6 indoor exercises to keep seniors fit

Excerpt: Staying physically active helps seniors keep physically, mentally and emotionally fit, and maintain their independence longer. It’s also important for older adults to do a range of indoor exercises that improve endurance, strength, balance and flexibility. Yoga, tai chi, brisk walking, resistance exercises, aquatics and dancing are low-impact and enjoyable activities that can boost the health and fitness of older adults in multiple ways.

Staying physically active helps seniors keep physically, mentally and emotionally fit, and enjoy a good quality of life,* according to Harvard Medical School. People with higher activity levels not only feel younger, they also have a biological age that is about nine years younger than those who are sedentary,* reported a Brigham Young University study that compared their DNA samples.

Doing 30 minutes of an activity you enjoy daily, in sessions of 10 minutes or more, improves balance, reduces falls and injuries, and helps you stay independent longer,* advises Government of Canada public health services.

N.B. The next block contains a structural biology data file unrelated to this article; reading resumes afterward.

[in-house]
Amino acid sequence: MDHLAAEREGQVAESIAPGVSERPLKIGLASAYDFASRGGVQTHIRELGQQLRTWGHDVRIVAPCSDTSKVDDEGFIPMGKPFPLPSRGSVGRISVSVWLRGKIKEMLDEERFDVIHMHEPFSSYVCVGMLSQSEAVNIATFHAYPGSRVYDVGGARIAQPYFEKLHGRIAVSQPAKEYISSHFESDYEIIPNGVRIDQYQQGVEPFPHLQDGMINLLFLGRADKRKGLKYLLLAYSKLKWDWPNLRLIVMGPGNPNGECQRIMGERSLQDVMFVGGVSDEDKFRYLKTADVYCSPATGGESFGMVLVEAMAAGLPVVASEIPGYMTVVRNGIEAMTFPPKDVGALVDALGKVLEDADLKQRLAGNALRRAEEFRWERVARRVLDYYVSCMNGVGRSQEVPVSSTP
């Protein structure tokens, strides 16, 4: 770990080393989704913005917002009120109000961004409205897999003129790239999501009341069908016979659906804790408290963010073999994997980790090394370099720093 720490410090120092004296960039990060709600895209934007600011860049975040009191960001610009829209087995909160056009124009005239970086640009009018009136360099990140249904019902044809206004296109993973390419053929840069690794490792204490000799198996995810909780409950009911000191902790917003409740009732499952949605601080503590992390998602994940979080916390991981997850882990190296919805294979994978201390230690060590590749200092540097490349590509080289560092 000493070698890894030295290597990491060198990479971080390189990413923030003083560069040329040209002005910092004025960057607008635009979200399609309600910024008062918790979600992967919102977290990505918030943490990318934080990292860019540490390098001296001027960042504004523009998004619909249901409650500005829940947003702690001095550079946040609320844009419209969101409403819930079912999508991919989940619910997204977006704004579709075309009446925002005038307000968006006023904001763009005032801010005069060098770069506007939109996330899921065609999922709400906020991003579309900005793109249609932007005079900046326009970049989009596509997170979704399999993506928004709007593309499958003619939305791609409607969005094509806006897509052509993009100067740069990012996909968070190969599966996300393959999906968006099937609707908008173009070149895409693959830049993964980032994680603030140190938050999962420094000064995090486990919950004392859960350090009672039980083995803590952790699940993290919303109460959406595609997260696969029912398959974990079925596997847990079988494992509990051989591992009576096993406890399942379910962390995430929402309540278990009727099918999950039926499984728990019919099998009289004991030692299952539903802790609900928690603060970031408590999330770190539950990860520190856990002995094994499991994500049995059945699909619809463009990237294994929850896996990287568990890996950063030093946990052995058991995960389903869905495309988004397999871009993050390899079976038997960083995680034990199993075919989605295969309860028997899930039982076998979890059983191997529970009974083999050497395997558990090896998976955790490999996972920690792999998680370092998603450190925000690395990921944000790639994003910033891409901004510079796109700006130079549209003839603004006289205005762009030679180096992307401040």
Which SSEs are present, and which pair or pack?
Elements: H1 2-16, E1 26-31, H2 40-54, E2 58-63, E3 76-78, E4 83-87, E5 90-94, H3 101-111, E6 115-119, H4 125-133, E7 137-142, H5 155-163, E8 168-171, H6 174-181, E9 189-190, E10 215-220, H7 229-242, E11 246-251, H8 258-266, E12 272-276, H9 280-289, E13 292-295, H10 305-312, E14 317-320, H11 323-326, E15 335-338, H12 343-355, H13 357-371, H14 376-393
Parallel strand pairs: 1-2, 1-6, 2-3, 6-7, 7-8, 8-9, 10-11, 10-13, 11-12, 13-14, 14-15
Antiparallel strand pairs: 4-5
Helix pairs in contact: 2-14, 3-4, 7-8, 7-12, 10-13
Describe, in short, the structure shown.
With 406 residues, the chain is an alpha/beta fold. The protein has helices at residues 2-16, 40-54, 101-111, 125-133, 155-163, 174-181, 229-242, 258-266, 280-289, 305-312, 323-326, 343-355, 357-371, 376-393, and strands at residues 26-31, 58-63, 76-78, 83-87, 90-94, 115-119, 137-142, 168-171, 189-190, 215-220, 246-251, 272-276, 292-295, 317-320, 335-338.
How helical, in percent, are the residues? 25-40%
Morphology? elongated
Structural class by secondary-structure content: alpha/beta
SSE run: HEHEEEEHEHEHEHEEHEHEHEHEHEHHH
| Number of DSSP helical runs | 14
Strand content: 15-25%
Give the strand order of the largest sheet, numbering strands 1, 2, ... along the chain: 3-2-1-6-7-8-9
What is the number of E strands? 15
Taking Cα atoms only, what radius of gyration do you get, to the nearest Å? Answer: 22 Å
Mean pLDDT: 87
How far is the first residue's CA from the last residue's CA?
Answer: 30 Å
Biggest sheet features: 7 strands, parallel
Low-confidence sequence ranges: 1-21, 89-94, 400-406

Research shows it’s also important for older adults to do a range of activities with different benefits,* says the National Institute on Aging. These include four types of exercise: endurance, strength, balance and flexibility.*

The wide variety of exercise programs offered online amid the COVID-19 pandemic give seniors access to additional resources to help stay fit and active indoors. As we move into cooler fall weather, here are some easy, health-enhancing exercises for older adults to do indoors while taking the appropriate physical distancing and other COVID-19 safety precautions:

  1. Stretch your body with yoga postures
    Yoga includes meditation and exercises that improve your flexibility and relax your muscles, while also focusing your mind, calming stress and reducing fatigue,* suggests HealthLink BC.

  2. Bolster balance with tai chi